Vietnam: Criticize government on social media and go to jail

Vietnam is joining the ranks of Iran, Saudi Arabia, and China, as being known as a country that censors its citizens on social media.

The government introduced a new law this week that fines people $4,740 for posting comments critical of the government on social-networking sites like Facebook, Twitter, and YouTube, according to Reuters. Some people could also face extensive prison terms.

While the law is unclear about what kind of speech sparks government censorship, it does say that "propaganda against the state" and "reactionary ideology" would elicit fines.

Vietnam's communist government has increasingly … Read more

B-2s, B-52s, and the plane that ended World War II

DAYTON, Ohio -- It's hard to stand in front of the B-29 Superfortress and not be awed by its history.

Deep inside the National Museum of the United States Air Force at Wright-Patterson Air Force Base here, visitors can come face to face with Bockscar, the plane that dropped Fat Man, the atomic bomb that leveled Nagasaki, Japan, on August 9, 1945, effectively ending World War II.

The museum has what is likely the most impressive collection of military aircraft in the world. Spread across three gigantic hangars, plus a section filled with missiles, and both a collection of … Read more

Meet the 'Corporate Enemies of the Internet' for 2013

National governments are increasingly purchasing surveillance devices manufactured by a small number of corporate suppliers and using them to control dissidents, spy on journalists, and violate human rights, the advocacy group Reporters Without Borders warns in a new report released this afternoon.

The group's 2013 report for the first time names five private-sector companies "Corporate Enemies of the Internet" for their choice to become "digital mercenaries" and sell surveillance and censorship technology to authoritarian regimes.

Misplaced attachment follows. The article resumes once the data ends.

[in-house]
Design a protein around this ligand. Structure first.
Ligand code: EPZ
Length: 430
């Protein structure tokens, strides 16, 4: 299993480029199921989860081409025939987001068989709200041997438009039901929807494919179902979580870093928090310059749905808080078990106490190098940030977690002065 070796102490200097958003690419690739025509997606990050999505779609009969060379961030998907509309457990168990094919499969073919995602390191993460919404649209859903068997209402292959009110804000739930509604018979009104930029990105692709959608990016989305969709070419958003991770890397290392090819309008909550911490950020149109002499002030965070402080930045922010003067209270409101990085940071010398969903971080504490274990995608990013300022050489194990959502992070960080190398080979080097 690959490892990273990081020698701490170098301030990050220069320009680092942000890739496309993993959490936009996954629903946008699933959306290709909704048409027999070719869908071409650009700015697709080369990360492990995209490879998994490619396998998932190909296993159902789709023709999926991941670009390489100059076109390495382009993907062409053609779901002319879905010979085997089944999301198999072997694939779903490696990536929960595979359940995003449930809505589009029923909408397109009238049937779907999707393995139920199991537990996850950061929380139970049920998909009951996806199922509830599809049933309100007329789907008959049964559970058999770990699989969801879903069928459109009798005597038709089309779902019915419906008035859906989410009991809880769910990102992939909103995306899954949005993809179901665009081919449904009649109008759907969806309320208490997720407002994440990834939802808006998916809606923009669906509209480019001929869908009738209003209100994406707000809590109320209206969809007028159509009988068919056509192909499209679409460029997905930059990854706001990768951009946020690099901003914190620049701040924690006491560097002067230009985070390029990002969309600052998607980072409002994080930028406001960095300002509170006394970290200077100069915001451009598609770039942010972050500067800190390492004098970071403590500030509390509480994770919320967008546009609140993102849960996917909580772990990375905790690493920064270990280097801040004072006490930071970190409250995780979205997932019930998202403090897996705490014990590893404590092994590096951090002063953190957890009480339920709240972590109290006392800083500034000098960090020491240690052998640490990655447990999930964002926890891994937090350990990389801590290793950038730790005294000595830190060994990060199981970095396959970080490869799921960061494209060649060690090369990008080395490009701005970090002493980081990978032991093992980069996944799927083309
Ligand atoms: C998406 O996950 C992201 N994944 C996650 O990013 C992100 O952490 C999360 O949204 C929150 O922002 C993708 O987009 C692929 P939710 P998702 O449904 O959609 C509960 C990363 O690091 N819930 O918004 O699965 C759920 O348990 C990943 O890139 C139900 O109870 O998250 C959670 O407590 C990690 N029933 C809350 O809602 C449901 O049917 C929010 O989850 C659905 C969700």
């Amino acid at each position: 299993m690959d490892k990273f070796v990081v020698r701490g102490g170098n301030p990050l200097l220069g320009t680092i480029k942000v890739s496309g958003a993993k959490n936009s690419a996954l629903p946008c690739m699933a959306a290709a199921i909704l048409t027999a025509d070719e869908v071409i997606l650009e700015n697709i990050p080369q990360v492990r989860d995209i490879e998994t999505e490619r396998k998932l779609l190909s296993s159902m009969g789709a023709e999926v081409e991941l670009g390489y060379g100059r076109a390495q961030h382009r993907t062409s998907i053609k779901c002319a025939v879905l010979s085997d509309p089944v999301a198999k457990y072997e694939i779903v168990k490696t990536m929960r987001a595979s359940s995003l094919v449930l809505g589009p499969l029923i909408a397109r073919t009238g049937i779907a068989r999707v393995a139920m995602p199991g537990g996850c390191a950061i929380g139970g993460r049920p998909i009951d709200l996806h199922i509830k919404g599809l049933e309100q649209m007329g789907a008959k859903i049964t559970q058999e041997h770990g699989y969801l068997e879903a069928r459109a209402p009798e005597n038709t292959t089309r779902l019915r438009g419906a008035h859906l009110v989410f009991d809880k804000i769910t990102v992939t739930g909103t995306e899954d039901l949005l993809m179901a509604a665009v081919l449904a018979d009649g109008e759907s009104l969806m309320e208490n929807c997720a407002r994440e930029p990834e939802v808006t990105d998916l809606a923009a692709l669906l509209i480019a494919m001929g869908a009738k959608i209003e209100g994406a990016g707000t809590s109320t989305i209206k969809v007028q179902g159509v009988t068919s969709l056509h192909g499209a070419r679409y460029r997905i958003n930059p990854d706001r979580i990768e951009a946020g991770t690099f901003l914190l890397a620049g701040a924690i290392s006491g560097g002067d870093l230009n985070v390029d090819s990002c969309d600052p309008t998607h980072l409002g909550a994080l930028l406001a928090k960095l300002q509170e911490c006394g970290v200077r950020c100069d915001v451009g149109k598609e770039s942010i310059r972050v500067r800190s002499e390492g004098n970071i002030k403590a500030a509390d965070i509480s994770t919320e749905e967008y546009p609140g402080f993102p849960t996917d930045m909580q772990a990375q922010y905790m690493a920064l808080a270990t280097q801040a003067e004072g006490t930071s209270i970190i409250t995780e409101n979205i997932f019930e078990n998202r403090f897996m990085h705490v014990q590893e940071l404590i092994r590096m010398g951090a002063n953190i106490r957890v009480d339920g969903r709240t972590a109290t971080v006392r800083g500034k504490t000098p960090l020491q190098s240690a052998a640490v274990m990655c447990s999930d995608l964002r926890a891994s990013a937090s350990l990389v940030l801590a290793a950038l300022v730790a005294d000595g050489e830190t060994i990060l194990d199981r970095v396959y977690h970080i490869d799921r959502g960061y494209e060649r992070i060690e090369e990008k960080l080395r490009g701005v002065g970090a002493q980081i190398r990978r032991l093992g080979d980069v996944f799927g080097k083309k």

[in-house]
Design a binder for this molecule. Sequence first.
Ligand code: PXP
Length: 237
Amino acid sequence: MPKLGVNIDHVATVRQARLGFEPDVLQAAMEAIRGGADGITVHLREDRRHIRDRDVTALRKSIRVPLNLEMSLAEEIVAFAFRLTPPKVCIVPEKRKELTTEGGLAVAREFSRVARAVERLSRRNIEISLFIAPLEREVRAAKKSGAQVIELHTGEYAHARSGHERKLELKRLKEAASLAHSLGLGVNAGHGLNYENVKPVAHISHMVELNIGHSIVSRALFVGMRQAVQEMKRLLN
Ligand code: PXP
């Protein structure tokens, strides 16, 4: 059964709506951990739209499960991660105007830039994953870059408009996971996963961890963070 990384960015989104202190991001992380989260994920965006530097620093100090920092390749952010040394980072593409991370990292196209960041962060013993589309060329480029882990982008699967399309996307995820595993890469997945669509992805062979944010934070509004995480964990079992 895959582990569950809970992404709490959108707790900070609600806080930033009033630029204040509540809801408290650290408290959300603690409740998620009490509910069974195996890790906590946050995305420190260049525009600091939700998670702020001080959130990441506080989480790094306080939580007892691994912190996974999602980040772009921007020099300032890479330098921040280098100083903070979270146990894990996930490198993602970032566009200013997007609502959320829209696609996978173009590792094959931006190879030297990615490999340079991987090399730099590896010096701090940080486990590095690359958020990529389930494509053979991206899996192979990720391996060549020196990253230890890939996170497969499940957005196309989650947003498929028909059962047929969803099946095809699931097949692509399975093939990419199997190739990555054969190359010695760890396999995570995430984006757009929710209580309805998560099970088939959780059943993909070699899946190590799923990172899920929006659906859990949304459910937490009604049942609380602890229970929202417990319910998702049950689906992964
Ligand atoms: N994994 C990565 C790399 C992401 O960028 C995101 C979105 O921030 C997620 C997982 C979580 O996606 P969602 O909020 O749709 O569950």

"If these companies decided to sell to authoritarian regimes, they must have known that their products could be used … Read more

In Vietnamese village, tech rewires old traditions

HANAM, Vietnam--Once you've been gone for so long, the place you come from no longer exists.

The place in question is my birthplace of Nhan Dao, a small village of about 4,700 residents in Hanam province, some 60 miles south of Hanoi. To put things in perspective, when I was growing up here in the '80s and early '90s, a trip to the capital of Hanoi would take eight hours one way. There was no paved road, no electricity, and no running water. For those reasons, until about 10 or 15 years ago, most people in Nhan Dao spent their whole lives within about a 20-mile radius of the village.

During that time, the only piece of modern technology I knew of was the lone loudspeaker, positioned in the middle of the village, which broadcast Radio the Voice of Vietnam from 5 in the morning to 10 at night. For years, it was what I woke up to and went to bed with, and it was the voice of one of the VoV newscasters that inspired me to become a journalist.

Life in the village was calm and simple then, and, for the most part, happy, despite the lack of wealth or connections to the outside world. Everybody, apart from working hard day in and day out in the rice fields, always looked forward to holidays, especially Tet, the traditional Vietnamese new year, when relatives and friends visit, children get lucky money, and celebrants feast on dishes including steamed square cakes made of sticky rice, pork, and green beans and wrapped in leaves. In the simplest terms, Tet in Vietnam is like Thanksgiving, Christmas, and New Year's all rolled into one.

After being in the States for so long and especially after several long days immersed in gadgets at CES 2011, I wanted to go back and experience Tet again for the first time in 10 years. I wanted to try to stay away from technology and the Internet for a while and find glimpses of the simple life I had once known.